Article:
Hartford, CT High School Fire, Jan 1882



HARTFORD, Conn., Jan. 24.---The public High School was destroyed by fire early this morning, the walls only being left standing. The fire started, it is supposed, from a stove in the basement, which was used to heat a large ventilating shaft running straight up to the roof. The firemen, when called out, had only just left duty at a large fire at the steam-boat wharf, and, as the night was terribly cold, the department labored under many disadvantages. From the start there was no hope of saving any part of the building, as the flames shot rapidly through it. The building was erected in 1870 at a cost of $140,000, and subsequently an addition was put on at an expense of $24,000, including many valuable fixtures. The loss is fully $200,000. There is an insurance of $70,000, divided as follows: Aetna, $15,000: Hartford, Phoenix, Connecticut, and National, of Hartford, $10,000 each; Orient, of Hartford, $5,000; Bowery and Security, of New-York, $5,000 each. The loss is very severely felt in this city, for the building was considered one of the most substantial of its kind in the country, and its equipment was complete. The scientific and philosophical apparatus includes the best collection in the State: almost every machine and instrument which could be used in the illustration of a course of philosophical study was in the collection, and all of those were totally destroyed. A carefully selected library of 3,000 volumes was consumed; it could not be replaced for $10,000. Among the things destroyed were a fine oil portrait of the late Prof. Capron, Principal of the school at the time of his death, which cost over $300; all the class banners and mottoes, which were hung for ornament in the large hall; a fine telescope in the clock tower, which cost $800, and all the classbooks in which the daily record of scholars was kept together with the examination papers and marks of the past examination. There were over 500 scholars in the school, 74 being members of the Senior Class, who will be graduated in April. There will be difficulty in finding temporary accommodations for the school sufficient for all needed purposes under one roof, but this matter is receiving the close attention of the authorities.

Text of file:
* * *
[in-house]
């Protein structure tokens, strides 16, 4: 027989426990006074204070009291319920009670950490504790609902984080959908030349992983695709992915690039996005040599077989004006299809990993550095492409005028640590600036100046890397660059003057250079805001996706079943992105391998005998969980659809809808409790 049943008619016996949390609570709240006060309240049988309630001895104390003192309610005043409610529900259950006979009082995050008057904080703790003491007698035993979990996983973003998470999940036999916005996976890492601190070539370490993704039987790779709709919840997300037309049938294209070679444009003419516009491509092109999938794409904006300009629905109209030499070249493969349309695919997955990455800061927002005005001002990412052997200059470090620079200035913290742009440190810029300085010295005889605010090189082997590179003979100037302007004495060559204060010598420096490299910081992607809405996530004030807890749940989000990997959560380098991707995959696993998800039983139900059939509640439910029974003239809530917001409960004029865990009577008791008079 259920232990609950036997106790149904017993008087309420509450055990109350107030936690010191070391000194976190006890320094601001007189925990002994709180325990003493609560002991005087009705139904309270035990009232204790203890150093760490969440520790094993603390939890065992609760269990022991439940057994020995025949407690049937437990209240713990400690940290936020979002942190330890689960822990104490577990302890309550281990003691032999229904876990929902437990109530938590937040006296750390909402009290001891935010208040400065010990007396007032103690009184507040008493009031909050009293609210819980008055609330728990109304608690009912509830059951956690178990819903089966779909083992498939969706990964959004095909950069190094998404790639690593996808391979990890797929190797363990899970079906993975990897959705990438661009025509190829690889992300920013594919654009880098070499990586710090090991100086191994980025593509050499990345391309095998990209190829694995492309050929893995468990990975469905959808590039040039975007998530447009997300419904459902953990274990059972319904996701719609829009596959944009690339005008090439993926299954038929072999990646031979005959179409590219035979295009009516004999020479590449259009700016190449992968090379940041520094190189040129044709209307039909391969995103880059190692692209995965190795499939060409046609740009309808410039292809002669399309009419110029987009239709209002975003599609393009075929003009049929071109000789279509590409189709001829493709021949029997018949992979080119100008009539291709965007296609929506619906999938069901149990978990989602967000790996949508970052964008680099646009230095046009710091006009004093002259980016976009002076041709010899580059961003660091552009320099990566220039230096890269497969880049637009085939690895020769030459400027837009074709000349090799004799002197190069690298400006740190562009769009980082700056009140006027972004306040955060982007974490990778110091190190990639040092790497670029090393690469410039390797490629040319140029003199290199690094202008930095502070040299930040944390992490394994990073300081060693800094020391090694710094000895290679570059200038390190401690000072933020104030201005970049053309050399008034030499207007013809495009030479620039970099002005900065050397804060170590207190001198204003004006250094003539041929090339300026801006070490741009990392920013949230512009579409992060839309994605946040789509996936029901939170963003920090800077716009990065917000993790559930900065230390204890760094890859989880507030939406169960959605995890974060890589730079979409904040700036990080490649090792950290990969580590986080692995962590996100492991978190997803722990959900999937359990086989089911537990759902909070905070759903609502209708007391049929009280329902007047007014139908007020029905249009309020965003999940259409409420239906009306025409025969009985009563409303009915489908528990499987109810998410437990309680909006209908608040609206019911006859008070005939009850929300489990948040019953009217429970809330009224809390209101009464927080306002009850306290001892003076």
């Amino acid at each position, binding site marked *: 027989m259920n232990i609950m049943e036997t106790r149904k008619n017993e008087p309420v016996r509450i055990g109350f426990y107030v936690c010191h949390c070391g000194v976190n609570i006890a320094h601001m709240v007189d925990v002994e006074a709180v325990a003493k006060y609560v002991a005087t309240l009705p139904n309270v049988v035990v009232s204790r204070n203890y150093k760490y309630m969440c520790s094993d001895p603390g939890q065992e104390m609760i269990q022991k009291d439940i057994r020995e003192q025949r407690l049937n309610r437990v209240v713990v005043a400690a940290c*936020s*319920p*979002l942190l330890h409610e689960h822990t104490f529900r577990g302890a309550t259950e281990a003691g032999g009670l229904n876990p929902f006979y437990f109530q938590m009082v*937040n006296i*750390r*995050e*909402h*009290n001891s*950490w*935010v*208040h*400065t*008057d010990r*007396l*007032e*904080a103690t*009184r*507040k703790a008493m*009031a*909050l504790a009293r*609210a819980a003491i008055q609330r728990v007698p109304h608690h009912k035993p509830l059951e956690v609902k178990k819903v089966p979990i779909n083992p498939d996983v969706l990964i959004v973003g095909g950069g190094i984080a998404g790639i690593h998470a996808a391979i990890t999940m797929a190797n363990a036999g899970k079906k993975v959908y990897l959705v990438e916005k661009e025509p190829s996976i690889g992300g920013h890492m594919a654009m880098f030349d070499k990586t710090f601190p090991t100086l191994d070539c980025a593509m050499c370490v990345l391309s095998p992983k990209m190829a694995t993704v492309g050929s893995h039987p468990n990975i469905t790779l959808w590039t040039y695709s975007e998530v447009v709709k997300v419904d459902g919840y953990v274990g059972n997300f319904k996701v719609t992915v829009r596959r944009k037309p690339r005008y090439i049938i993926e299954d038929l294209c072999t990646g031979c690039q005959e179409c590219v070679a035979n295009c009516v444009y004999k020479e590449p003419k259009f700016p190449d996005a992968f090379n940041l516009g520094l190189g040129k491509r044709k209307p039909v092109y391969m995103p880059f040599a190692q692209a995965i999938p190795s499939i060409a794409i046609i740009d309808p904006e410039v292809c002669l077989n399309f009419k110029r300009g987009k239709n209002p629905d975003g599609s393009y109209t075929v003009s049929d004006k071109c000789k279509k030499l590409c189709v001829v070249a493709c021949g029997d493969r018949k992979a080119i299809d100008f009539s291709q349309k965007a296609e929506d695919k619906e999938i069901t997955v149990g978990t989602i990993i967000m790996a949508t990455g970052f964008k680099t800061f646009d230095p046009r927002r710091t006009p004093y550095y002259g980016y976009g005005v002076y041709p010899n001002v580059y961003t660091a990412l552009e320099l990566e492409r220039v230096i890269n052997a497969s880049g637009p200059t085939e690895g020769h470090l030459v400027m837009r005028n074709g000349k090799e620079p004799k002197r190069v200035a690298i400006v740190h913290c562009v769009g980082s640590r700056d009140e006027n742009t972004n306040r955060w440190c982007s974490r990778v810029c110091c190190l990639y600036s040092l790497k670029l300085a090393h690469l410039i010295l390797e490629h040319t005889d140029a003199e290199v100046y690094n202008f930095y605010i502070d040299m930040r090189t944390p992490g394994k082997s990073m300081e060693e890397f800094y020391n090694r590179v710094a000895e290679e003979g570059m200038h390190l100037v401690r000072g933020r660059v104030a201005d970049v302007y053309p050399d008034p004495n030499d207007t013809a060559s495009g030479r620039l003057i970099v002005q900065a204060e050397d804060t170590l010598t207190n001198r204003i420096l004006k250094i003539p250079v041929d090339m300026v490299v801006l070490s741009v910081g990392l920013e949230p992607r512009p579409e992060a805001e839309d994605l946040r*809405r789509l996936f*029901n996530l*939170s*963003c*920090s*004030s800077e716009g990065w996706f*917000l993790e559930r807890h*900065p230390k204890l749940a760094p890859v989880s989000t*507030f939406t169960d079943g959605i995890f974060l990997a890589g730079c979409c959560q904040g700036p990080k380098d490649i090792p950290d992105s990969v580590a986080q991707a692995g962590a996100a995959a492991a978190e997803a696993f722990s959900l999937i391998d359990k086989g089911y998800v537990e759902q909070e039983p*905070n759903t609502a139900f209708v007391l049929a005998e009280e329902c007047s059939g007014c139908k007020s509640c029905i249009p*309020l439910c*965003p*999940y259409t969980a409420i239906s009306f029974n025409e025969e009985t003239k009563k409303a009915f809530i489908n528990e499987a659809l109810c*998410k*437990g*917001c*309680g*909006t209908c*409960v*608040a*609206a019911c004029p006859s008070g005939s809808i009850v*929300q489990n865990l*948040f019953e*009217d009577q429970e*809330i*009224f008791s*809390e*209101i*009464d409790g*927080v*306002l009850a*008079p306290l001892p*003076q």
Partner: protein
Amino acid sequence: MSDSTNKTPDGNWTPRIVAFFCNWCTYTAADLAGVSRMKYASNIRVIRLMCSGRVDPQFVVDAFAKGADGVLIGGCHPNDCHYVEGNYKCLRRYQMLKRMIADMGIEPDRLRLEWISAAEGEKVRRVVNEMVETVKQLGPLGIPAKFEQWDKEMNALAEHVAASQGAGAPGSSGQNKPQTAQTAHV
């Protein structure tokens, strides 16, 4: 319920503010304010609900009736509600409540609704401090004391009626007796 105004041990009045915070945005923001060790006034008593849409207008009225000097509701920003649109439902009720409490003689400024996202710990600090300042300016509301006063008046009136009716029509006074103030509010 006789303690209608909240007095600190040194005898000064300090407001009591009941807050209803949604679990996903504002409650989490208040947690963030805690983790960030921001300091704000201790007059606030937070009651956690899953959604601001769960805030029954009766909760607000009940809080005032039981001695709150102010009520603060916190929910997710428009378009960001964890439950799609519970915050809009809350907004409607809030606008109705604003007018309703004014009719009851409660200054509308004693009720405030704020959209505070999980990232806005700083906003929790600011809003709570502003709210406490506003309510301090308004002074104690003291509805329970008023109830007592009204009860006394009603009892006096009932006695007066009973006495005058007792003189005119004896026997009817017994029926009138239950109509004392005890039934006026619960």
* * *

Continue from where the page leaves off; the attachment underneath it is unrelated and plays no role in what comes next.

The New York Times, New York, NY 25 Jan 1885